Elephant bulls have got quite a bad reputation when it comes to their temper tantrums.
A tantrum from the largest land animal is enough to make anyone nervous. Bulls are at their most volatile when they are going through adolescence when hormones are temperamental. Just like us, elephants need matriarchs and other older bull elephants to “put them back in their place”. Matriarchs are important in the first part of their life – while more experienced bull elephants will help during the time they are kicked out of the herd.
Presently we have two young bulls that are at that awkward stage where their maternal herd has had enough of their bad manners. The two adolescents are constantly having “sibling” rivalries amongst each other that is tipping the peaceful balance within the herd. On a couple of occasions, a matriarchal figure has had to stand in and separate the two badly behaved minors. The process that males go through – between being part of a herd to becoming solitary – can take between 1 and 4 years, so these females still have a lot of discipline to enforce before the peace is restored.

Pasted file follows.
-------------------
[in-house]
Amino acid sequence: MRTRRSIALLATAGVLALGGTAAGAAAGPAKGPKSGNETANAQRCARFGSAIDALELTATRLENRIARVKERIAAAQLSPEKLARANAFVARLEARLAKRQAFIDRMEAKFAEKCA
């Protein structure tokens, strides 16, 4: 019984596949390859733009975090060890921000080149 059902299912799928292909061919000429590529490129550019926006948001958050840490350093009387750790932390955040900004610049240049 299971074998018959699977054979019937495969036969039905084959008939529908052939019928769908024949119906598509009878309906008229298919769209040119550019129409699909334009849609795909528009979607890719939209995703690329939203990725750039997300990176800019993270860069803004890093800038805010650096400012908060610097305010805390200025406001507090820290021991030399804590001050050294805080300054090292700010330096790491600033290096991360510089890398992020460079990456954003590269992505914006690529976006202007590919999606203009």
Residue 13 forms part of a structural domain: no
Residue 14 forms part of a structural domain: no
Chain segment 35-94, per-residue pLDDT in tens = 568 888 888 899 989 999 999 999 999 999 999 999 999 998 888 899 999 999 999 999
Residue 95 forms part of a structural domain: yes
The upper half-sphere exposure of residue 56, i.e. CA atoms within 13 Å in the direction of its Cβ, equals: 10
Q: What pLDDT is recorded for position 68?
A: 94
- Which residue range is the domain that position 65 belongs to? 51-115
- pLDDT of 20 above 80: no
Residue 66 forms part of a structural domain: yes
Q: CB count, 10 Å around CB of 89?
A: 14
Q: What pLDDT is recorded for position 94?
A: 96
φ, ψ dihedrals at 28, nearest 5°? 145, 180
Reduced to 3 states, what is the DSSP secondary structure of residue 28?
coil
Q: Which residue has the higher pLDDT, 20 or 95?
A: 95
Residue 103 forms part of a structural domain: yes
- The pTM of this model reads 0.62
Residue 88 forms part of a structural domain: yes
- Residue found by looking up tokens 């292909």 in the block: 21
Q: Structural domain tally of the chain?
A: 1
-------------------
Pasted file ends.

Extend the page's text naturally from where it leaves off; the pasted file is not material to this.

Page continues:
At the same time, one much younger bull took it upon himself to leave the herd well before his independent years. This very young male was seen, for almost a month, following one of our solitary, territorial bulls. We are not sure why this young male left the herd and chose to follow a bull at such an early age, but he has now returned to the safety of his nurturing herd.
Written by: Jian Du Plooy, Leopard Mountain Safari Lodge